There is no way that a universal healthcare system may be viably implemented unless America creates a population registry that may identify the entitlements for each individual and that will have to be designed from scratch to a high degree as we can’t count on driver’s license data as the standard could be too low – a lot of errors.
Many illegal immigrants have both social security numbers and driver’s licenses as we were holding issued without rigorous control of status before 9/11. The choice is you had to exhibit a US passport or a valid foreign passport with a green card to have the ability to register.
Another problematic task is how many points of registration. If the registration is performed by hospitals – and not really a federal agency – health care monitoring system using iot then it is highly likely that registration fraud could be rampant. It could be super easy to trespass the control of eligibility when it is registered and determined with a hospital clerk. This supports that the eligibility needs to be determined by a main administration that’s a vast access to data and information regarding our lives, income, and medical history. If a unitary registration at a medical care provider or hospital would guarantee you free healthcare forever and there’s no rigorous and audited process – then it is certain that corruption, bribery, and fraud could be synonymous with the system.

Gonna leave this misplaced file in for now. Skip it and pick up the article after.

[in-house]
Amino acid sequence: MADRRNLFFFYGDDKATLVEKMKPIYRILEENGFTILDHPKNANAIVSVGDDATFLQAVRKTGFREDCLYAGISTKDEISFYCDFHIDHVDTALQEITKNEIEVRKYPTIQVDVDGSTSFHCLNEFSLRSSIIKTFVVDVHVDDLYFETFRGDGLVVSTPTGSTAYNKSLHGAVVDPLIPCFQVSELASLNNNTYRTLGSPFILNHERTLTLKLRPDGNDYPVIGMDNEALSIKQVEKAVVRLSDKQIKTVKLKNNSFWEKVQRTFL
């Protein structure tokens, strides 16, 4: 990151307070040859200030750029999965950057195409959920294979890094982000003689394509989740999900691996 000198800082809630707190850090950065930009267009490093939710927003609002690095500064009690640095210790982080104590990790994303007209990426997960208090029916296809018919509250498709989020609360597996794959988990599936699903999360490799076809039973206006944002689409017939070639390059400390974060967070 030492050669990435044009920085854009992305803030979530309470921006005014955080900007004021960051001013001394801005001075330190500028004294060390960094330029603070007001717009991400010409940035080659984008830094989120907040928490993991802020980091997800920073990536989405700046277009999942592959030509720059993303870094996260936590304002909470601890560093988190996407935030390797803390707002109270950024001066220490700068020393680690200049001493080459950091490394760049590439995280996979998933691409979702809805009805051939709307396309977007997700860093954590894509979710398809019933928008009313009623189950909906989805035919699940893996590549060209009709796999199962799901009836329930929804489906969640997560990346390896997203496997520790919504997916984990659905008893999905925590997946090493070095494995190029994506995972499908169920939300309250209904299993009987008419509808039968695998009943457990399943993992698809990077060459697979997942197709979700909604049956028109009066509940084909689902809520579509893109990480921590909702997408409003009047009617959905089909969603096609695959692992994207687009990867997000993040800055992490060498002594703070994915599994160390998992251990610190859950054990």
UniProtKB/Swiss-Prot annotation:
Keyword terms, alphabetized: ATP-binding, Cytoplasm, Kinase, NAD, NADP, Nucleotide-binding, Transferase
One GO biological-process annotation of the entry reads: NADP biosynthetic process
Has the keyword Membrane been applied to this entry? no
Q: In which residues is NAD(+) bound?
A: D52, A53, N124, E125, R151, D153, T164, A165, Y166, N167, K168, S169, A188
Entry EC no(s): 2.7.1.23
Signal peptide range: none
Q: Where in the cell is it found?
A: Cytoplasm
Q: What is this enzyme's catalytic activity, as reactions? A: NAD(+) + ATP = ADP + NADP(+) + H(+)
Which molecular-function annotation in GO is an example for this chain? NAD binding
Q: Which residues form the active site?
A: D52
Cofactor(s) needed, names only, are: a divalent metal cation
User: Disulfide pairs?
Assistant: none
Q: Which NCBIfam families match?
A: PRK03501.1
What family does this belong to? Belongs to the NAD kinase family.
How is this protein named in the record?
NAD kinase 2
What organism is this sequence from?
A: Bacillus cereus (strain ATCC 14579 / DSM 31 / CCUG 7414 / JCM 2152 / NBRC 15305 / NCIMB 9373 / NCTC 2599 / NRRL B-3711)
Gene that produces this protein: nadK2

This requires a significant degree of political strength to confront and set the limits for who’s entitled – and here comes the true problem – selling out healthcare to get the votes of the free riders. It’s apparent that the political power of the “free” healthcare promise is very high.
A promise that may not alienate anyone as a stronger population registry would upset the Hispanic population, as many of the illegal immigrants are Hispanics – and many Hispanics might be citizens by birth but their elderly parents are not. Would the voting power of the younger Hispanics act to place pressure to extend healthcare to elderly that aren’t citizens? Yes, naturally, as every group tries to maximize a unique self-interest.
The risk is, even having an enhanced population registry, that the number of entitled would expand and put additional burden on the device beyond what it was designed for. That may come though political wheeling and dealing, sheer inability from an administrative standpoint to spot groups, or systematic fraud within the device itself.